Is Elitist Elizabeth’s campaign collapsing?
The NEA grills POTUS candidates on the issues, and Elizabeth Warren is outed as a world-class hypocrite.
In an attempt to be transparent about its endorsing process, the National Education Association is recording interviews with all the 2020 Democratic presidential candidates. And Elizabeth Warren’s effort is right in line with her talk in Atlanta, in which she essentially trashed charter schools.
In the video, Warren advises parents: “If you think your public school is not working, then go help your public school. Go get more resources for it. Volunteer at your public schools. Help get the teachers and school bus drivers and cafeteria workers and the custodial staff and the support staff, help get them some support so they can do the work that needs to be done….”
Of course, she doesn’t acknowledge that schools, generally speaking, are already well-funded, and besides, average parents are not equipped to take on the bureaucracy, which would simply eat them alive. Also, an average parent can’t control the unions’ child-unfriendly, contract-mandated tenure laws that keep mediocre and even incompetent teachers in secure, high-paying positions in most states. And an average parent cannot keep a great teacher from being knocked out of a job and replaced by a poorer performer because of the unions’ antiquated quality blind seniority system.
Warren knows this at heart, of course. When the public school she sent her son to didn’t meet her expectations, she didn’t “go help her public school.” Rather, she yanked him out and enrolled him into private schools – and tony ones, at that, in both Texas and Pennsylvania – for most of his k-12 schooling.
And that’s what all parents should have the option to do. But apparently the POTUS candidate thinks that if you don’t have a lot of money, you shouldn’t be able to do what she did. Ah, progressivism is just not what it used to be!
Warren’s flagrant elitism will not end well for her. A new poll by Real Clear Opinion Research posed the question:
School choice gives parents the right to use the tax dollars designated for their child’s education to send their child to the public or private school which best serves their needs. Generally speaking, would you say you support or oppose the concept of school choice?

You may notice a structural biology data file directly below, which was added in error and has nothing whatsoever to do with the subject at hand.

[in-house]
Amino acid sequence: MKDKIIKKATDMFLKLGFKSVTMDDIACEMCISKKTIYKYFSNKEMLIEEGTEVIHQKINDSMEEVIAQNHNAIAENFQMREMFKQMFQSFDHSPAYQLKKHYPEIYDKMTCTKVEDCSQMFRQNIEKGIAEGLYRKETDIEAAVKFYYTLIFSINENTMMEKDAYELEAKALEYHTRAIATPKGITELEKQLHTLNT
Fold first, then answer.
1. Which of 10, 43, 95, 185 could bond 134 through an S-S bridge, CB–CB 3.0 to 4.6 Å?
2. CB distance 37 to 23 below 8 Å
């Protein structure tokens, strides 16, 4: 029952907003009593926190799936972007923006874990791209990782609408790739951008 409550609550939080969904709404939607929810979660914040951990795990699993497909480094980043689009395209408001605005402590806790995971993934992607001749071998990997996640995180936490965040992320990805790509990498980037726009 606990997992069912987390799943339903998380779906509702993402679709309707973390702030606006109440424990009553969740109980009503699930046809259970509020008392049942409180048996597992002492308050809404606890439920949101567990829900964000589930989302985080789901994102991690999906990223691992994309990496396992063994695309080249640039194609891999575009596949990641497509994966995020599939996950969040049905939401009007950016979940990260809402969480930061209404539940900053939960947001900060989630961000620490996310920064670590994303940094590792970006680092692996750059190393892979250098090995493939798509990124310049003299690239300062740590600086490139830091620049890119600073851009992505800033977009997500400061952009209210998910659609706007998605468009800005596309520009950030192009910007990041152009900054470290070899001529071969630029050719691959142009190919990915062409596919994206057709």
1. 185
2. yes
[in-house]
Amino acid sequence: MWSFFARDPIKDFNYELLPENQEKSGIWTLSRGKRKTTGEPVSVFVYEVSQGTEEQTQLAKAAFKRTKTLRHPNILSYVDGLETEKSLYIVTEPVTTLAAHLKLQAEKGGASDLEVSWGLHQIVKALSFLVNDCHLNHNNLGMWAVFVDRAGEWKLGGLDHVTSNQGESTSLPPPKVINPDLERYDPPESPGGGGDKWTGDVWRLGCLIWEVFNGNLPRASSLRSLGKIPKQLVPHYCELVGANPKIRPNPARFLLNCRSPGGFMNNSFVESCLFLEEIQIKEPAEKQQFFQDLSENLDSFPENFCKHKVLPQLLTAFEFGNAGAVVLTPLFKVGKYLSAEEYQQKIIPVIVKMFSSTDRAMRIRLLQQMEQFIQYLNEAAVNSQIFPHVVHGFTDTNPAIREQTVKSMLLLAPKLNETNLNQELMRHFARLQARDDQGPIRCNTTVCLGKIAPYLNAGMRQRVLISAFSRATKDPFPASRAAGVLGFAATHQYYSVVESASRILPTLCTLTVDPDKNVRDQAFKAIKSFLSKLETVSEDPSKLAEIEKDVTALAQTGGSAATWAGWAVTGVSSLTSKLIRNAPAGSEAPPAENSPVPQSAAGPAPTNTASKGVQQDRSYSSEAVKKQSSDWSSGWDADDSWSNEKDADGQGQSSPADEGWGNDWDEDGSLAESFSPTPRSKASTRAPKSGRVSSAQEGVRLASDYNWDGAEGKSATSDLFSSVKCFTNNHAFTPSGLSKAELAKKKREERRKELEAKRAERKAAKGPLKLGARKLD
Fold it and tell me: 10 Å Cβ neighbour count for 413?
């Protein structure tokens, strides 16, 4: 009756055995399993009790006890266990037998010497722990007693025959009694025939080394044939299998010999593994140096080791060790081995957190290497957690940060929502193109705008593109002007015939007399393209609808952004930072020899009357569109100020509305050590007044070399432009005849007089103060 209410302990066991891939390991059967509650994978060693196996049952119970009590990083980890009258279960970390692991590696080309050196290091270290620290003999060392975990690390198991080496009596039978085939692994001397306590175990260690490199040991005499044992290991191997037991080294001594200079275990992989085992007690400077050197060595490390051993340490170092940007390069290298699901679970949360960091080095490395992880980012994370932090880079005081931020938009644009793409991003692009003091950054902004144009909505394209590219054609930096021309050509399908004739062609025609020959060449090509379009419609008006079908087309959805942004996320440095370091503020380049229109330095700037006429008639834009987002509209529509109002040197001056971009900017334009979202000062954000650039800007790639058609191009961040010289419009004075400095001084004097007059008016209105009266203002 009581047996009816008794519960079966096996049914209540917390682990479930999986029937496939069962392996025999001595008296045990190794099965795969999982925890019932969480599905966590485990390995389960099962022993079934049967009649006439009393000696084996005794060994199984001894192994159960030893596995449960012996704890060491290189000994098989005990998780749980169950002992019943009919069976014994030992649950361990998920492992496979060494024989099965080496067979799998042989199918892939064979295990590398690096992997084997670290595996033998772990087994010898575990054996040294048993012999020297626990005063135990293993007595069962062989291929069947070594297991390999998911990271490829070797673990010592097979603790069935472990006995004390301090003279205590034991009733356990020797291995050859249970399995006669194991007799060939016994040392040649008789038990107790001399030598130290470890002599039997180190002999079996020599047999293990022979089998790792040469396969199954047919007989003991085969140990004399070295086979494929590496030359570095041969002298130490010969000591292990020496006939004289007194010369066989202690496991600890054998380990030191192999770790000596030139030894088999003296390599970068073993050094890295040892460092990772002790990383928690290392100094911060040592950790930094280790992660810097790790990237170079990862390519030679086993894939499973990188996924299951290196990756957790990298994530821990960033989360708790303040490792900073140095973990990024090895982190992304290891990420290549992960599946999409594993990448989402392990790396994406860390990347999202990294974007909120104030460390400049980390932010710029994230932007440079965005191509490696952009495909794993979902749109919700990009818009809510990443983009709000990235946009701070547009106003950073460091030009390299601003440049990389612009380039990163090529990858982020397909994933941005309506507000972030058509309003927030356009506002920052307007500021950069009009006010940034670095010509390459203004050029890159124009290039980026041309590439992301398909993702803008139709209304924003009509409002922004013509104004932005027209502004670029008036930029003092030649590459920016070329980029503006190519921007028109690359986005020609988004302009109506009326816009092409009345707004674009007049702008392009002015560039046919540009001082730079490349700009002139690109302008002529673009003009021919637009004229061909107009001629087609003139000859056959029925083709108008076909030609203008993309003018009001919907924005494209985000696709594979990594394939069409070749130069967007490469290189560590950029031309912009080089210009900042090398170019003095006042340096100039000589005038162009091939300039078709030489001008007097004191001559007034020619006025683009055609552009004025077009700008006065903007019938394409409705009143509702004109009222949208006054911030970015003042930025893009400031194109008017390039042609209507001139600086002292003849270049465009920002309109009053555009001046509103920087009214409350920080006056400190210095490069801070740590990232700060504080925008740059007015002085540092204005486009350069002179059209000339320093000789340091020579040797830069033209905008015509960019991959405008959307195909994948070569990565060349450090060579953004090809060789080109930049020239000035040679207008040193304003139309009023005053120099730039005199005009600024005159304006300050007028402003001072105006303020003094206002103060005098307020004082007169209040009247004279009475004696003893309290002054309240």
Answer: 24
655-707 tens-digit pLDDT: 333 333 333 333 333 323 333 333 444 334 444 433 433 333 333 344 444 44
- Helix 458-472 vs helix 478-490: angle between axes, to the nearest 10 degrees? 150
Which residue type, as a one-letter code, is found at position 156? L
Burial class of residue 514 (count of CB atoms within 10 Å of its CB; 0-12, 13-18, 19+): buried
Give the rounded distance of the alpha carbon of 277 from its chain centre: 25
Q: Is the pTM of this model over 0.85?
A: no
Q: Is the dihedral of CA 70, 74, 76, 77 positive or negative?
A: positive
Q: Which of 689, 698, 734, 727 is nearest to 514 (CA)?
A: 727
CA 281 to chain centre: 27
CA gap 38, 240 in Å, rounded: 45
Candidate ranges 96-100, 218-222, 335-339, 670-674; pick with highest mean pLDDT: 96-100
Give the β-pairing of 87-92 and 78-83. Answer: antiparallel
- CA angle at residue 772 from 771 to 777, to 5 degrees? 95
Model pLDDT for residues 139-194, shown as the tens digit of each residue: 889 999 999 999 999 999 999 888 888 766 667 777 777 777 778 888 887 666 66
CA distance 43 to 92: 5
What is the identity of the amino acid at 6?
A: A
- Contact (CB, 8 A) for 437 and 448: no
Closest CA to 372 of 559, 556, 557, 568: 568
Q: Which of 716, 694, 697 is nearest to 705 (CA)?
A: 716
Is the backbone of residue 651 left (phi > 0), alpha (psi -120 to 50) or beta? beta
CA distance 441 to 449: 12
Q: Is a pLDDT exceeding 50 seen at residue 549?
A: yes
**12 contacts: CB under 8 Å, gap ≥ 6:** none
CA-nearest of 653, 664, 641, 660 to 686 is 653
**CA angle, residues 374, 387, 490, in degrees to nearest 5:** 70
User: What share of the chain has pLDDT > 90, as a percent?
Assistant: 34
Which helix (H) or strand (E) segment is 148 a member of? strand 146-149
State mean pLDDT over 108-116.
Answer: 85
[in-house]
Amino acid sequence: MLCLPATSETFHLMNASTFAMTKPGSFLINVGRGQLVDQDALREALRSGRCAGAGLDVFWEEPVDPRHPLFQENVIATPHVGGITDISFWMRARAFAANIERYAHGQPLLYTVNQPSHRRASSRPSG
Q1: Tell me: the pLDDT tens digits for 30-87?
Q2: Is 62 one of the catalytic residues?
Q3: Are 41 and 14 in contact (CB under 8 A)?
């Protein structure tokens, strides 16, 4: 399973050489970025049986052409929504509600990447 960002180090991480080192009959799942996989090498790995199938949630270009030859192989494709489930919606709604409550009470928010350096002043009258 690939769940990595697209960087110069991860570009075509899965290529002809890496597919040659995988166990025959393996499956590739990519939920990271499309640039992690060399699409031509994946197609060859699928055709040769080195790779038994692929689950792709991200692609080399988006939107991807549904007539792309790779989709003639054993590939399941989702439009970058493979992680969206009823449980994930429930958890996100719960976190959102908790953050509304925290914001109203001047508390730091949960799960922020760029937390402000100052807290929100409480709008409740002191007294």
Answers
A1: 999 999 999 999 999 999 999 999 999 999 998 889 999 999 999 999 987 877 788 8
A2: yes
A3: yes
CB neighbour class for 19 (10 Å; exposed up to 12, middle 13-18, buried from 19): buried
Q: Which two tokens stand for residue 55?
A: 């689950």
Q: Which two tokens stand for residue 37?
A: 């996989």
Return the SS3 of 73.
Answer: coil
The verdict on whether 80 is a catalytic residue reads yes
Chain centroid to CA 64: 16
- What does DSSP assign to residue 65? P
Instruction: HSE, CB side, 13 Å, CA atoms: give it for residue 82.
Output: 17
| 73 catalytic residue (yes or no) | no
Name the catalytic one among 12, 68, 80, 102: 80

A whopping 68% said they support school choice and just 22% were against. Importantly, the numbers varied little across sub-groups: 69% of 18-24 year-olds were in favor as were 68% of 55-64 year-olds; 68% of whites were in favor, while 71% of blacks supported the concept.
There was a disparity between the political parties however, with 76% of Republicans in favor while just 64% of Democrats were. But still, this does not bode well for any Democratic candidate that takes a Warren-like stance on choice.
A survey conducted by Beck Research, a Democratic polling firm, found very similar results. Released in January, the poll reveals that nationally 73% of Latinos and 67% of African-Americans back “the broad concept of school choice,” as do 75% of millennials.
According to most studies, giving parents options is beneficial in many ways. The unionista claim that “vouchers hurt public schools” earns a hearty “Bah! Humbug!” Researcher Greg Forster, who examines every bit of data he can dig up, finds that in 32 of 34 empirical studies, “school choice improves academic outcomes in public schools affected by the program, while one finds no visible difference and one finds a negative impact.”
Additionally, Forster found that school choice overwhelmingly has a positive effect on taxpayers, ethnic segregation and civic values and practices, not to mention academic outcomes of choice participants.
The most important element of school choice is that it puts parents in the driver’s seat. According to findings by Cato scholar Corey DeAngelis, families of students in non-religious private schools are 27% more likely to be very satisfied than traditional public school families. Additionally, Catholic school parents and non-Catholic religious school parents “were 26 percent and 30 percent, respectively, more satisfied than traditional public school parents.”
To date, Warren is unconcerned by the real needs of parents. Her sole concern is the blessing of the teachers unions. Consequently, as the voters get wise to Warren’s priorities, her polling numbers are heading south. As of December 6th, her support dropped to its lowest level in four months. To be sure, there are other factors influencing voters, but her pandering to the special-interest unions is not helping her one bit.
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Larry Sand, a former classroom teacher, is the president of the non-profit California Teachers Empowerment Network – a non-partisan, non-political group dedicated to providing teachers and the general public with reliable and balanced information about professional affiliations and positions on educational issues. The views presented here are strictly his own.